Source: Sherman Publications

Harvest time is here
Michigan grown bounty arrives at Farmers' Market

by Phil Custodio

August 10, 2011

Last Saturday's official count tallied 1,249 shoppers at Clarkston Farmers' Market more are expected as the season's main harvest arrives.

"The harvest is about two weeks late this year its just now getting in," said Anissa Howard, Clarkston Farmers' Market founder and director.

A wide variety of local produce, fruit and vegetable growers participate in the market, Howard said.

"Growers and food artists at this market are excited to provide their freshest, most highly prized fruits and vegetables," she said. "We have many organic growers at our market as well as some conventional growers from the area and an abundance of fresh foods coming in now."

The market includes organic grass-fed beef, fresh organic eggs, raw cheeses, granolas, salad dressings, salsas, oils and vinegars, baked goods, mushroom kits, llama and alpaca fibers, fresh cut flowers, perennial plants, breads, spreads, open-pollinated corn chips, dried fruits, gnocchi and other pastas, coloring books, handmade jewelry, honey jarred and comb, maple syrup, turkeys and herbs, soaps and knife-sharpening, polish foods, locally made hot dogs, frozen cider slushies and donuts, fresh fair trade/organic coffee, and balloon art.

"People want organic food whos growing their food is more important to them," Howard said. "We provide a glossary free to the public that explains some of the growing methods farmers use. I am also happy to help people find what they are looking for when they come down to the farmers' market on Saturday mornings."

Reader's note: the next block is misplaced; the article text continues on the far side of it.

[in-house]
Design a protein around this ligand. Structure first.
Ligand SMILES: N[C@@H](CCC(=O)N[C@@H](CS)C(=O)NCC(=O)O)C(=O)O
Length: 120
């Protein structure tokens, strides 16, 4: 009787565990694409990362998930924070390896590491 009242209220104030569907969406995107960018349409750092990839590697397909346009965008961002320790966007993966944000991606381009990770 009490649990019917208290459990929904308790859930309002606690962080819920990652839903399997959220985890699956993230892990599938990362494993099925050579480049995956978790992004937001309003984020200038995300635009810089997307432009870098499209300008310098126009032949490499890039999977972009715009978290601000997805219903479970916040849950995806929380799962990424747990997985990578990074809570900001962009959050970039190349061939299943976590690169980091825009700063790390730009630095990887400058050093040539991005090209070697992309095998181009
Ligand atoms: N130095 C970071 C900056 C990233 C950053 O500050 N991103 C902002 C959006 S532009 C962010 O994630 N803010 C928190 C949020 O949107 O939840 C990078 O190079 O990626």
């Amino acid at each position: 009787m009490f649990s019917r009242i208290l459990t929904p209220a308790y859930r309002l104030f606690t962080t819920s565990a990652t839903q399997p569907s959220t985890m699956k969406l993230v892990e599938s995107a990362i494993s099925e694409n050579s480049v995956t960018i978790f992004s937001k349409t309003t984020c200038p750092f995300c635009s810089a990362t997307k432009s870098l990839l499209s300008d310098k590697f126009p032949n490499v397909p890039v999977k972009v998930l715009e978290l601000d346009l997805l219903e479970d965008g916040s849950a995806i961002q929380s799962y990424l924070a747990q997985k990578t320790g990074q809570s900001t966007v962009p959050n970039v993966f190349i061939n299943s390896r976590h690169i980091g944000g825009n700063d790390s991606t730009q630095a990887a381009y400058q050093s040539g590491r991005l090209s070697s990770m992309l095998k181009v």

Local artist Zachary Meyer, 16, drew a full-color "Clarkston Farmers' Market Amazing Crop Calendar," with help from Howard and another grower. The calendar shows when each fruit and vegetable comes into season.

"This will allow everyone to see when each fruit and vegetable comes in and goes out of season each Michigan year," Howard said. "Fridge copies will be available soon."

Copies will be available by the market's yellow "welcome" umbrellas.

The market receives no funding from Clarkston and Independence Township, and depends on volunteers and fund raisers, including handwoven baskets and coffee.

"This Saturday we will also have Clarkston Farmers' Market t-shirts for sale as well as extra large rain umbrellas to make the market more colorful, and more dry, when people are shopping the market on rainy days," Howard said. "This market is run by a bunch of good-hearted volunteers and the property is loaned to us to use for the market on Saturday mornings."

Volunteers include Dave, Derenda, Rachel and Maria LeFevre, Mary and Gary Windram, Kelly and David Minnick and the three Minnick Maidens, Les Roggenbuck, Gary Campbell, Louise Kasl, Amy Martocci, Leah and Matt Davis, Jame Howard, the Angelini brothers Mark and Paul, Sharon Matzelle, and Joe Wauldron.

For more information, check www.clarkstonfarmersmarket.org.